Shares in Asia have fallen after the chairman of the US central bank said it would continue to raise interest rates to tackle soaring prices.

Jerome Powell warned that the Federal Reserve’s policies will cause “some pain to households and businesses”.

Higher interest rates make borrowing more expensive for individuals and companies, which could slow economic growth as well as inflation.

Japan’s Nikkei 225 index closed 2.7% lower on Monday in Tokyo.

Elsewhere in the Asia-Pacific region, the Kospi in South Korea and Australia’s ASX 200 were both down by around 2%, while the Hang Seng in Hong Kong was 0.8% lower.

That came after the main share indexes in New York each fell by more than 3% on Friday after Mr Powell’s remarks.

During a highly-anticipated speech at a conference in Jackson Hole, Wyoming, Mr Powell said the Federal Reserve was likely to continue raising interest rates in the coming months and could keep them high “for some time”.

He said that, while the hikes would come at a cost to American households and businesses, “a failure to restore price stability would mean far greater pain”.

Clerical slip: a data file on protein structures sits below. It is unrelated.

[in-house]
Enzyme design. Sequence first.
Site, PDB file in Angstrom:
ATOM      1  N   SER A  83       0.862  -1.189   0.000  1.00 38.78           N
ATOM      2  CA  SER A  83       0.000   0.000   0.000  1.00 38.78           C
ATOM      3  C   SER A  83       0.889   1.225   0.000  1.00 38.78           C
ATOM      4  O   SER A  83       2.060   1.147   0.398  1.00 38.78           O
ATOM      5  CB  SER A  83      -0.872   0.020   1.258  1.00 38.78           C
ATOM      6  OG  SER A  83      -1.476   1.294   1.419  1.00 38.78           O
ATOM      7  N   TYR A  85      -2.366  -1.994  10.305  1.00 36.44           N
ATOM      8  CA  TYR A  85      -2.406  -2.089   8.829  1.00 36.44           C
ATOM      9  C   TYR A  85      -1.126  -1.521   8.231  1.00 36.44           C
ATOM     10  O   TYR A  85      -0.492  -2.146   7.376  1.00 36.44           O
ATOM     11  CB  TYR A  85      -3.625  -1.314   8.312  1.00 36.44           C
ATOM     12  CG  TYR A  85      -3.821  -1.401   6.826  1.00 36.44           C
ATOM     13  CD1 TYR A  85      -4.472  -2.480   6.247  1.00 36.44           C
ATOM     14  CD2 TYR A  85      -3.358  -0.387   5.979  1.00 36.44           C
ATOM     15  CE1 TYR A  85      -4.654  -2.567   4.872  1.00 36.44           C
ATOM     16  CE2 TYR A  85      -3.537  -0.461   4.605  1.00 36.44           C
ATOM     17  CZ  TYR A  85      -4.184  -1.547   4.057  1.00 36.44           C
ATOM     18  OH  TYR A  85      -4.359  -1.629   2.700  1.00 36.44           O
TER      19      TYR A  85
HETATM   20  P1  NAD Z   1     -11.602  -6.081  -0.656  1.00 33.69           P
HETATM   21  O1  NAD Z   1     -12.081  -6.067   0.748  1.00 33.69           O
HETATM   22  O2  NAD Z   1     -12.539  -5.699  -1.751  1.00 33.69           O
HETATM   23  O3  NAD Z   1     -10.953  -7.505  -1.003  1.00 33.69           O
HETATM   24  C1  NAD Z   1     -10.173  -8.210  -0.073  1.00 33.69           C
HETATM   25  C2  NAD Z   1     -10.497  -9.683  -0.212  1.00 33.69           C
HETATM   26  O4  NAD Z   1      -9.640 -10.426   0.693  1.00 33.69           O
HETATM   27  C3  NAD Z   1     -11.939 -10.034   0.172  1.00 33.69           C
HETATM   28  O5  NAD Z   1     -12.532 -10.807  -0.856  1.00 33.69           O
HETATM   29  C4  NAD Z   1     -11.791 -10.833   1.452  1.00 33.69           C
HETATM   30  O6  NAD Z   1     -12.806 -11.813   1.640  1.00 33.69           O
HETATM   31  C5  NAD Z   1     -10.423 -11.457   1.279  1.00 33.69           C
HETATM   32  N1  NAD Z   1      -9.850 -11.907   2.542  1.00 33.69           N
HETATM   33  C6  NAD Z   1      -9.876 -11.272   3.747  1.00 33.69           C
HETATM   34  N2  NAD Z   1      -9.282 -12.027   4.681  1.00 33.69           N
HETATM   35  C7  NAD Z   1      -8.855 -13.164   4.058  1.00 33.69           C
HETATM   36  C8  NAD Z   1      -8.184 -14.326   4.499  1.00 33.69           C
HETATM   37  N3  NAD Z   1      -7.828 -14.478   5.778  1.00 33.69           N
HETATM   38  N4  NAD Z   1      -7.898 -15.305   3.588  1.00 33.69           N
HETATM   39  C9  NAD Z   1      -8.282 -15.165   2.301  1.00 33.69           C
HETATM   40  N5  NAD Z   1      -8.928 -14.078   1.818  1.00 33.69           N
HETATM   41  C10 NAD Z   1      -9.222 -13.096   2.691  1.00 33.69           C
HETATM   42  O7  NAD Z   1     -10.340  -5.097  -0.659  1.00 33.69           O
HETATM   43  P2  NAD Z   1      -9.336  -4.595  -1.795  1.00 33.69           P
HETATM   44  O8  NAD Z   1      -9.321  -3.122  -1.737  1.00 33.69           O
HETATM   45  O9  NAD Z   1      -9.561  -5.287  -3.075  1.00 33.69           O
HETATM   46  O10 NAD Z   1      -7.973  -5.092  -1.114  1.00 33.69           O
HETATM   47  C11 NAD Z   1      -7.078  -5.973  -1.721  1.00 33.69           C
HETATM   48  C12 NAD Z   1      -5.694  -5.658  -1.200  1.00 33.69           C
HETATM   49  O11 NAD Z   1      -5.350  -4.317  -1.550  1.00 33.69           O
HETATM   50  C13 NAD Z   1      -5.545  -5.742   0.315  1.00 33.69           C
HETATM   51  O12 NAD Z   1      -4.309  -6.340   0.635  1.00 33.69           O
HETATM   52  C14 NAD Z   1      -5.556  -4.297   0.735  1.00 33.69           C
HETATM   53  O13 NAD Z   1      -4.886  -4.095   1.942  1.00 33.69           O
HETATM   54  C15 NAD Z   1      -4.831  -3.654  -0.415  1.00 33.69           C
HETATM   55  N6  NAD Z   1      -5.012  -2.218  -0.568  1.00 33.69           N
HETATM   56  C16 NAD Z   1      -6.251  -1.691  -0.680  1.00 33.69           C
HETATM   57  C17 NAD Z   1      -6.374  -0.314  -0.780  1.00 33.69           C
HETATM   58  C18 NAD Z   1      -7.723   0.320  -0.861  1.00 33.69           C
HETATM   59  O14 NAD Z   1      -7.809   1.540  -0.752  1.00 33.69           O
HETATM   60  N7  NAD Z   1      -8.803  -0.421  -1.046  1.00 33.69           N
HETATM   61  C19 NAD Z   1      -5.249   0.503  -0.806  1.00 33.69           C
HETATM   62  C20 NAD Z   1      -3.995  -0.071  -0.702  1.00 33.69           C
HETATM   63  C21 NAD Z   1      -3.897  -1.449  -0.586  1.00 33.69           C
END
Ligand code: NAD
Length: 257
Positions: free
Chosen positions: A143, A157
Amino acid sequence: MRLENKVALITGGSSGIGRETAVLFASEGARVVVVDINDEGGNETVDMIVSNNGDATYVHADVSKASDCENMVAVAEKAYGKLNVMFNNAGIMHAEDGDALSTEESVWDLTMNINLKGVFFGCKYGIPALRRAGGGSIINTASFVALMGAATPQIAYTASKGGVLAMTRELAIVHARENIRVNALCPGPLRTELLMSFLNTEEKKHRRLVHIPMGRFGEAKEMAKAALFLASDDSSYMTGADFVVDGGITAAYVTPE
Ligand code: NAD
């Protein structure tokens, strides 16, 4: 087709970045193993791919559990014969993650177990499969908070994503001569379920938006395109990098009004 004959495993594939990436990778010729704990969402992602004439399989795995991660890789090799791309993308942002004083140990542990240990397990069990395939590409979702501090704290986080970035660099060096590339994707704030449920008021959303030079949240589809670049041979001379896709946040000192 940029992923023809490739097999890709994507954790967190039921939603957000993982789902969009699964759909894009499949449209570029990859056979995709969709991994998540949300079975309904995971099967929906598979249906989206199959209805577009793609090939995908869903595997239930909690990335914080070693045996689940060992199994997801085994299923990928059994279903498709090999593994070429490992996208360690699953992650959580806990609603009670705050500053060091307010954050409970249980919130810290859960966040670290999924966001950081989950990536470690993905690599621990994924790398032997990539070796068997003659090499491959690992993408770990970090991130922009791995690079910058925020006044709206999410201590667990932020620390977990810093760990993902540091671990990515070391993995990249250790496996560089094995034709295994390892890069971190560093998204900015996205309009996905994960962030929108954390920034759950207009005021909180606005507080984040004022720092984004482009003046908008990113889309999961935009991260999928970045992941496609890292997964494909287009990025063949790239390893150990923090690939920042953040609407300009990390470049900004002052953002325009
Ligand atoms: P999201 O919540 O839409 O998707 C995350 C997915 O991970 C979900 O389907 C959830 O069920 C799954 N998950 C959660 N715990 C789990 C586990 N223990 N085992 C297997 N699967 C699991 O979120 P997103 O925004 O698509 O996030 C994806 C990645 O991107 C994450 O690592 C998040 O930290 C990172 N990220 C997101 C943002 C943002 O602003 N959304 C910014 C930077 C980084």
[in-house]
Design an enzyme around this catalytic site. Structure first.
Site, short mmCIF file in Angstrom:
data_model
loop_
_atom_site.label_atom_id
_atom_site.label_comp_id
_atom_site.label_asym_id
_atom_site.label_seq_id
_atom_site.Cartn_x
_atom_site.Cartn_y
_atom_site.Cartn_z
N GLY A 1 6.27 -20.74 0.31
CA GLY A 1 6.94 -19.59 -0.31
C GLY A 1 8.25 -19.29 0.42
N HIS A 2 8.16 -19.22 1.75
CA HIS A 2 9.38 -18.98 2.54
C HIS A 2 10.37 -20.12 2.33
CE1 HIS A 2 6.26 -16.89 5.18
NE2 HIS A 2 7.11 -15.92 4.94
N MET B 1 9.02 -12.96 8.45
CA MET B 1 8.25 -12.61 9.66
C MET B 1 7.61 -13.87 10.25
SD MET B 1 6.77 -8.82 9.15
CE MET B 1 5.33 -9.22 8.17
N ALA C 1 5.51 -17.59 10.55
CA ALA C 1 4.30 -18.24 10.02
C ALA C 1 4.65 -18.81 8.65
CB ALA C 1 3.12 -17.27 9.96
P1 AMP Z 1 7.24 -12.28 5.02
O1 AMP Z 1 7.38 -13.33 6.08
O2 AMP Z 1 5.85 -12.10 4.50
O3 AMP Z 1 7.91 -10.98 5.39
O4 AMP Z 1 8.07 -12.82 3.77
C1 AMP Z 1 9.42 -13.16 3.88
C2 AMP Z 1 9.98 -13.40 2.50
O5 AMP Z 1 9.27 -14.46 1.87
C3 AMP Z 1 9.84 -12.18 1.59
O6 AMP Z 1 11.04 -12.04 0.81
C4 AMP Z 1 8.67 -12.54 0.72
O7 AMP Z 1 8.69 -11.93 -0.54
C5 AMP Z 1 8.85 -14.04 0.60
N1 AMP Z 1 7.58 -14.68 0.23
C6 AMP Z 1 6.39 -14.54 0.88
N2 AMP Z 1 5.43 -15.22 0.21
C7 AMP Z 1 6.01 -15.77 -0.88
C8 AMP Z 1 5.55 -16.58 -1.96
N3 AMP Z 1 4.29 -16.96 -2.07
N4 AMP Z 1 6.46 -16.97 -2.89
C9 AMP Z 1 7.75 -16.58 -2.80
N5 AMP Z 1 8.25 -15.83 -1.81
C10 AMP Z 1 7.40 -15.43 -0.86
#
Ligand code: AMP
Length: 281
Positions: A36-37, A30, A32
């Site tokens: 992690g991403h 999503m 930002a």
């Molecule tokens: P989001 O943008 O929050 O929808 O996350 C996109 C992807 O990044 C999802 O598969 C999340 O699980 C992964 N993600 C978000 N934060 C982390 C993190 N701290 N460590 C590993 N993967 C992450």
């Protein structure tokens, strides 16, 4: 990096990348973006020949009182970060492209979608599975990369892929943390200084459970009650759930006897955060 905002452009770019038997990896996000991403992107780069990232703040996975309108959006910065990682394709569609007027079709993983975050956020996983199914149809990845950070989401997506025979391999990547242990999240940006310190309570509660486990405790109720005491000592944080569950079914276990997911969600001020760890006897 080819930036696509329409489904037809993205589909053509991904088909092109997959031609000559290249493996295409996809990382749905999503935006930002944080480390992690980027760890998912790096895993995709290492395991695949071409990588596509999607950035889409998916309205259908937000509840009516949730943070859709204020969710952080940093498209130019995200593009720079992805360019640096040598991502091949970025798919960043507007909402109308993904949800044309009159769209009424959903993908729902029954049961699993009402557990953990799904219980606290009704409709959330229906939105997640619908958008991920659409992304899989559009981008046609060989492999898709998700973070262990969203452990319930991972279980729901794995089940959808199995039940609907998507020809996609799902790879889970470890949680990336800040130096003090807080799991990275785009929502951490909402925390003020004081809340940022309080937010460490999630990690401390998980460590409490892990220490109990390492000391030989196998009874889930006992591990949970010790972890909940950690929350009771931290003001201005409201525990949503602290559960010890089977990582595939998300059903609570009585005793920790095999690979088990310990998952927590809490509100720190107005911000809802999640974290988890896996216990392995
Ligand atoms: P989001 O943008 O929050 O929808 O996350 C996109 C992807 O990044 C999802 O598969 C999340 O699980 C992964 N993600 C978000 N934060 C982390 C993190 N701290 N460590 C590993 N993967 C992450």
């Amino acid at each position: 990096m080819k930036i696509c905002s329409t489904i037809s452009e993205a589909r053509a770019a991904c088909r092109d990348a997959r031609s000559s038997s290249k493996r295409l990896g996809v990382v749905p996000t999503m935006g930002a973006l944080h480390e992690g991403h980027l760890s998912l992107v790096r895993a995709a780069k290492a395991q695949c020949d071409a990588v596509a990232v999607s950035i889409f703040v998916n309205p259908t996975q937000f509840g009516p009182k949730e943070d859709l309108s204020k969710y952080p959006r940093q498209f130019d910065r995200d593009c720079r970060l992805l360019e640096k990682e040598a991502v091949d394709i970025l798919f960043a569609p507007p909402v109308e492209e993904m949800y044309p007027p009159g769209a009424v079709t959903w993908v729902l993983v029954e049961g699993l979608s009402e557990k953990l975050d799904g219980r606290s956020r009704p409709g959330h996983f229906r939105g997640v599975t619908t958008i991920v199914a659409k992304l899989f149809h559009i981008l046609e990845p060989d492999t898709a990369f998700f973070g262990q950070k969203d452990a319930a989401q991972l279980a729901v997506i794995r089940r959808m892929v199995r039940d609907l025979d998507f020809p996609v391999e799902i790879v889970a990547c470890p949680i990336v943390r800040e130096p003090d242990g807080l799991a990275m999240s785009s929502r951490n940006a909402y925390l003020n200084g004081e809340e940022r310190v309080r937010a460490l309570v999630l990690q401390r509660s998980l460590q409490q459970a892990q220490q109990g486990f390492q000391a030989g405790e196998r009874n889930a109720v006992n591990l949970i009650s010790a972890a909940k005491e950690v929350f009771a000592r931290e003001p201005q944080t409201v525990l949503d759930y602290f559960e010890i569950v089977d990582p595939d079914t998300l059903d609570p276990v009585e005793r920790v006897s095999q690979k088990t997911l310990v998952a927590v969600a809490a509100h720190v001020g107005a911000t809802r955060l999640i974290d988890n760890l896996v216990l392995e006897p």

Inflation in the world’s largest economy by gross domestic product (GDP) is at a four-decade high.

“Fed Chair Powell went for the jugular, conveying (an) unflinching assault on inflation,” Vishnu Varathan, head of economics and strategy at Mizuho Bank, said in a note.

“Justification for this unrelentingly hawkish posture was as plain as it was unequivocal,” he added.

Investors are also concerned that the Chinese economy is slowing, Dan Wang, chief economist at Hang Seng Bank China, told the BBC.

“The economic perspective has worsened in China due to prolonged Covid control, which means further policy rate cuts have to take place. Domestic demand is too weak without further rate cuts in China,” she said.

China’s central bank cut its lending rates earlier this month after economic growth slowed sharply in the second quarter of this year.

Power shortages in the Sichuan province have also hit major manufacturers of cars and smartphones in China.

Over the weekend, official data showed that profits of China industrial firms had fallen by 1.1% from January to July, from a year earlier.

A crisis in the country’s property market is also proving to be a major challenge to government efforts to keep the economy growing.